Dover, Delaware hopes to save more than $350,000 over 20 years in energy costs by installing LED street lights. The city of Foley, Alabama along with Riviera Utilities are studying the viability of a conversion to solid-state-lighting (SSL) on its streets, and a pilot program in Rochester, Minnesota has drawn criticism from citizens that question the cost of LEDs relative to the benefits.
According to the Dover Post, the city will install 118 LED street lights at a cost of $3000 per fixture. The city will use a portion of a $180,400 grant from the US Department of Energy (DOE) to fund the project.
The city expects that the LED lights will use one third of the energy used by the current lights. Moreover the city expects superior performance from the LEDs in terms of nighttime visibility. The city judged the benefits to be sufficiently significant to justify using the city’s general fund to cover costs that exceed the grant money.
Citizens question LED costs
The citizens of Rochester, Minnesota, meanwhile, aren’t so sure that LED street lights are a wise investment. The local Post Bulletin newspaper published an editorial entitled LED streetlights are solid long-term investment last week applauding a pilot project undertaken by the Rochester Public Utilities. Subsequently, the paper published largely-negative comments made in response to the article by local citizens.
The Rochester pilot was funded by a federal block grant. But the editorial noted that the LED lights cost $833 each compared to $346 for a traditional street light. The article projected a payback period of 12-15 years.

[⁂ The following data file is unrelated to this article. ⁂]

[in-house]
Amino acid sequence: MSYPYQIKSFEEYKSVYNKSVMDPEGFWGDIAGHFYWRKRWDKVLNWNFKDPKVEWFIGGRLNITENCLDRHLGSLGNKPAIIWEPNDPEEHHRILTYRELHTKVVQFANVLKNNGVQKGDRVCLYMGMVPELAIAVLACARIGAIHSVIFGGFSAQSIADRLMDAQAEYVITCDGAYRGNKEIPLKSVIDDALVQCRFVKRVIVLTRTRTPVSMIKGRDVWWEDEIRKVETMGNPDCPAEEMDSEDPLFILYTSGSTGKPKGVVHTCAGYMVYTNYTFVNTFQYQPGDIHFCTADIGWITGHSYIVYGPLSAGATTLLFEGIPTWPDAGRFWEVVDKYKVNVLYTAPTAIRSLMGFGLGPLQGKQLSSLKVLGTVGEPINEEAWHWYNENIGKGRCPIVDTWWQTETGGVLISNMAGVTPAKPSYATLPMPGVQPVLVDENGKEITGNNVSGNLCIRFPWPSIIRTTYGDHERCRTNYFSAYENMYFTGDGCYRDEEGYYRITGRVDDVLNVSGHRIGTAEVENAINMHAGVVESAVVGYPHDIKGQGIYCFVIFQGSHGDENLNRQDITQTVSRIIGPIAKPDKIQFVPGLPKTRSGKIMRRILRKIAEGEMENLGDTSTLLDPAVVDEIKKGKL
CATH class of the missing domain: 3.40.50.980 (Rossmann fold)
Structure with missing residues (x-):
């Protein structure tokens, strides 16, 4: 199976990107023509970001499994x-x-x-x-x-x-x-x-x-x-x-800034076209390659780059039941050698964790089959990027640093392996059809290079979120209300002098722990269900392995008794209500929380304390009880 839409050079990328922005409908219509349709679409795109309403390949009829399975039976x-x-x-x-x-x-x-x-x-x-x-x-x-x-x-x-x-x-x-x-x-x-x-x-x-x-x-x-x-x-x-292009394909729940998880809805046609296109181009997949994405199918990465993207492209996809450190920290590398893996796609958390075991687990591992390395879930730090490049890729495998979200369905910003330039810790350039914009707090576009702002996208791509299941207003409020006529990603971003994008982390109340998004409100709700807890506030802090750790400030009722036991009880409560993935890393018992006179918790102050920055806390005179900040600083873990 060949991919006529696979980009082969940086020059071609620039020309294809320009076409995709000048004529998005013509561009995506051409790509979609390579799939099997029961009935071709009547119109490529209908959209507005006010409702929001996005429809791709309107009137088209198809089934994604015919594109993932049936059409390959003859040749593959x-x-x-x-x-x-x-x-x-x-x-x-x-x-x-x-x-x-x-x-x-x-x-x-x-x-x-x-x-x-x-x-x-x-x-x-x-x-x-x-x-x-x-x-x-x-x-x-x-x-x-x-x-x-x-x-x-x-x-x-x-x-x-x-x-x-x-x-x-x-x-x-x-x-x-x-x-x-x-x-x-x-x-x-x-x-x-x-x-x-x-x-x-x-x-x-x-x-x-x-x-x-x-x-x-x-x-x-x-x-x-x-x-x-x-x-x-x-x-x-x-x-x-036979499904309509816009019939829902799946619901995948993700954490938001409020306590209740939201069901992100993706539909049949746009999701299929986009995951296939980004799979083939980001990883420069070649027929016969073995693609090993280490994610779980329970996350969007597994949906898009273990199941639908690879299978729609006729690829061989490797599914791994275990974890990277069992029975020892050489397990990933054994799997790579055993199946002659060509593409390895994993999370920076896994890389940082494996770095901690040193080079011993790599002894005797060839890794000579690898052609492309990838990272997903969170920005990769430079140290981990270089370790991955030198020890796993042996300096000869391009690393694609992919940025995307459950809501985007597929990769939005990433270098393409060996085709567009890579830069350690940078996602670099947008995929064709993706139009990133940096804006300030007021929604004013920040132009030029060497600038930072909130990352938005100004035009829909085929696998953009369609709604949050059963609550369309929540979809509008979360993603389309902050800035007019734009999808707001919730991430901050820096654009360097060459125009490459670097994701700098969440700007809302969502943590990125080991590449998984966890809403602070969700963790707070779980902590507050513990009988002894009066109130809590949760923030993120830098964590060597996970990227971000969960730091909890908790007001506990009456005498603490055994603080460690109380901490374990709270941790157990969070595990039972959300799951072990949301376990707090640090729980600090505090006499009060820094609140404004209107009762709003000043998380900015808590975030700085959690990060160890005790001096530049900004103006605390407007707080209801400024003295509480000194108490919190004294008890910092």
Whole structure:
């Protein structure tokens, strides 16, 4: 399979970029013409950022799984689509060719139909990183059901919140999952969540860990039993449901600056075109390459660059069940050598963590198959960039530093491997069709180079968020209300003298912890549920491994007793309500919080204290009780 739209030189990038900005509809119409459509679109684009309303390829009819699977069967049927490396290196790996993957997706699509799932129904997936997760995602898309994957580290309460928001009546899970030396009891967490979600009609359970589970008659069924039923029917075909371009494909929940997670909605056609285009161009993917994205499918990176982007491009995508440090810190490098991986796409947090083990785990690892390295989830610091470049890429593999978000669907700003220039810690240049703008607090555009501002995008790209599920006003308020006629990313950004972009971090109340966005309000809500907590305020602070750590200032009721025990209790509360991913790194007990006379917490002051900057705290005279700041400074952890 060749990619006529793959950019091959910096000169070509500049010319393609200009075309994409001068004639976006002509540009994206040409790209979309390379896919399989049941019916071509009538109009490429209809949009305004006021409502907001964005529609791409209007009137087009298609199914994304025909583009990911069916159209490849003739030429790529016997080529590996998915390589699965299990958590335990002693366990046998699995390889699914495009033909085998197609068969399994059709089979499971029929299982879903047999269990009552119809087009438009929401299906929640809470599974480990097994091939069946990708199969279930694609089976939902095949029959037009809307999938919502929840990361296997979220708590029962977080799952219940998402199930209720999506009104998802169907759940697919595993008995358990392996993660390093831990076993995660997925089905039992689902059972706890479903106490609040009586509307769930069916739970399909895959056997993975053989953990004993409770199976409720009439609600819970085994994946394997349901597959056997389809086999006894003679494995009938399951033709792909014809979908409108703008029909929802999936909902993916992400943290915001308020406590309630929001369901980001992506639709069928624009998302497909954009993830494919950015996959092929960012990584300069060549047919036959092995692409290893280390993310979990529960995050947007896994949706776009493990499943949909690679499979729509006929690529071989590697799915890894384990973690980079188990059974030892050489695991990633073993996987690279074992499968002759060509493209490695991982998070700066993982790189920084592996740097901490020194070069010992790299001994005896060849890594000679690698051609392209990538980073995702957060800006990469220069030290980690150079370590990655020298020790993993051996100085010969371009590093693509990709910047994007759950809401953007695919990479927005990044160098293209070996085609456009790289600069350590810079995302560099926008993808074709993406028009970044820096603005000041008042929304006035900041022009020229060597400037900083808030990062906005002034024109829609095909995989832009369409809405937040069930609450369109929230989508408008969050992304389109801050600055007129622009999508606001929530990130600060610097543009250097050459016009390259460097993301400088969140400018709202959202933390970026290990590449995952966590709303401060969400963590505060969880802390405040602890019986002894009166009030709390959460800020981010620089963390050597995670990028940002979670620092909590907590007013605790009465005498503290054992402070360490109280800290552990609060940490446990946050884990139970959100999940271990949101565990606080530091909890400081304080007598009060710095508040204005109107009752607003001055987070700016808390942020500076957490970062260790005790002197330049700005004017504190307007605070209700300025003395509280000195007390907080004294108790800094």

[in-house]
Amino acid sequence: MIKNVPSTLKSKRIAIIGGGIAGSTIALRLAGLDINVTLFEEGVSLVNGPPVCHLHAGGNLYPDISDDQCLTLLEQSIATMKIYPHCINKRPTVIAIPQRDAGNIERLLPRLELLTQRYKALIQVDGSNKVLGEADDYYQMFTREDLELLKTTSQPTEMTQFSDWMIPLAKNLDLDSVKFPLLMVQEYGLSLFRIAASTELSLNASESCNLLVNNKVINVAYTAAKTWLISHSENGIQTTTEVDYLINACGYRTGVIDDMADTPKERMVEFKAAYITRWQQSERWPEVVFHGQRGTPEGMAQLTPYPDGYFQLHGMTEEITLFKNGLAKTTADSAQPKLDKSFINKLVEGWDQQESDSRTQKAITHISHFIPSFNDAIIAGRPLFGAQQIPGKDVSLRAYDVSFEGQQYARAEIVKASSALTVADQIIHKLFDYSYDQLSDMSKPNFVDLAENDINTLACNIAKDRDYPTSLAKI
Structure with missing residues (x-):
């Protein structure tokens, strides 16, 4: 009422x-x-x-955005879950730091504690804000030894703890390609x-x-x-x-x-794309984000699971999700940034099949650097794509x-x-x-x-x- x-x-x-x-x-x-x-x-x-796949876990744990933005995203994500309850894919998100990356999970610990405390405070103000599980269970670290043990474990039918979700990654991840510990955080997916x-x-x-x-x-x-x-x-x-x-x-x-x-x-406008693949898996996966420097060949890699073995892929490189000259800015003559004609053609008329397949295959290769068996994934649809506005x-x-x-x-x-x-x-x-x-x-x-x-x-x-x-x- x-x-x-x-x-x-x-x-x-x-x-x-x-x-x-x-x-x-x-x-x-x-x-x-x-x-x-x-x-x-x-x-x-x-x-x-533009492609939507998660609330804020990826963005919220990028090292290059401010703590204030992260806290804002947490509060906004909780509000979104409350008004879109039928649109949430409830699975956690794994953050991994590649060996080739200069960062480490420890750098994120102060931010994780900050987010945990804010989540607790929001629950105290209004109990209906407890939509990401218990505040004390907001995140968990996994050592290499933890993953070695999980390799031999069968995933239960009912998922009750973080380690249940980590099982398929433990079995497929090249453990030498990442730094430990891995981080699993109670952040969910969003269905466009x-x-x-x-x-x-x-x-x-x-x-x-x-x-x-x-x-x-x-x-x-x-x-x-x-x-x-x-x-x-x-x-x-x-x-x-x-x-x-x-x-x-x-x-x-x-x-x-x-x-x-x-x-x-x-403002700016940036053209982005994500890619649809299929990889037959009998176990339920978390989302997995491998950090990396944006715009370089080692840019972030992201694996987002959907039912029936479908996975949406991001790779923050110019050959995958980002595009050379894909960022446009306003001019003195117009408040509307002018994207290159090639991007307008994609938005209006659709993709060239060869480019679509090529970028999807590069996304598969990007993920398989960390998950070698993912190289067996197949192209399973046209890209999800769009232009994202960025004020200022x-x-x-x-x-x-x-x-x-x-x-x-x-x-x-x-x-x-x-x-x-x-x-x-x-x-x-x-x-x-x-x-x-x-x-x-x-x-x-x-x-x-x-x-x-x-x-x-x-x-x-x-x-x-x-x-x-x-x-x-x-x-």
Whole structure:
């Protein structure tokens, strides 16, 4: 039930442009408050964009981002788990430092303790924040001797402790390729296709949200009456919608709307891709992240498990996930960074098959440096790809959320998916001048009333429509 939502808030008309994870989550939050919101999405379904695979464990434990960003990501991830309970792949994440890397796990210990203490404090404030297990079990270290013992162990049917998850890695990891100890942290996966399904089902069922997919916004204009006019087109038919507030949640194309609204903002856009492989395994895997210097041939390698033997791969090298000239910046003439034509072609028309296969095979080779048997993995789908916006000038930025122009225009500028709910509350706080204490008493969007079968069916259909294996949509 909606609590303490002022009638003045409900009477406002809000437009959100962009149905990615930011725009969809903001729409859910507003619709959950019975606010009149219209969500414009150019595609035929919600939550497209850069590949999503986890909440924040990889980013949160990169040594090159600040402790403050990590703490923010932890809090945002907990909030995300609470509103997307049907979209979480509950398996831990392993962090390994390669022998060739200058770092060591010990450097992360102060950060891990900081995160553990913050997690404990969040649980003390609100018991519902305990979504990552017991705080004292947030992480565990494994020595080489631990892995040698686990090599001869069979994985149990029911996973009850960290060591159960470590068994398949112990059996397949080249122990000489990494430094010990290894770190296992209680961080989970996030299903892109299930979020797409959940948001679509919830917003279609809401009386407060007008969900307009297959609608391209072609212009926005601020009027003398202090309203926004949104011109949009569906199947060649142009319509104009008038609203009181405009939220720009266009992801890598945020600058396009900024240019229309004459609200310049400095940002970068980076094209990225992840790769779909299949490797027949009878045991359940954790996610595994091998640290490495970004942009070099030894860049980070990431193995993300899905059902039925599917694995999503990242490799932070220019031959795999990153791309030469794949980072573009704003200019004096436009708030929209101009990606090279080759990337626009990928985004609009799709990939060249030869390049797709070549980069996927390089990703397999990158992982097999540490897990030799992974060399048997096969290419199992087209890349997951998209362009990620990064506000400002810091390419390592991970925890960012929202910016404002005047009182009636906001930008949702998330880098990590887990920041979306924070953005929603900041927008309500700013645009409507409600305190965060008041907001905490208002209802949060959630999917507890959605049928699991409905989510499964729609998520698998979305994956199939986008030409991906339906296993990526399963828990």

The bulk of the comments lamented the use of taxpayer money on what was perceived as an unnecessary expense. One person did have positive things to say about their experience with LED lighting in the home, and suggested that the city would actually realize a shorter payback period based on lower maintenance costs.
Foley studies LEDs
According to an article in the Mobile Press-Register, the city of Foley, Alabama has embarked on a study to determine whether a transition to LED street lights is economically viable. The article projected energy savings of 30% attributable to SSL, although many outdoor lighting installations have bested that projection.
Foley is working with the Riviera Utilities power company to complete the study. The city’s economic development director expects that LEDs will be broadly adopted in street lights at some point but questions whether now is the time to make such a move.
The director likens today’s LED technology to computers of the late 1980s or early 1990s. That characterization may be a bit unfair from a pure technology perspective as LEDs for general lighting are vastly improved. But there is no question that prices will drop significantly with more advanced manufacturing lines and specifically larger semiconductor wafers that yield more LED chips.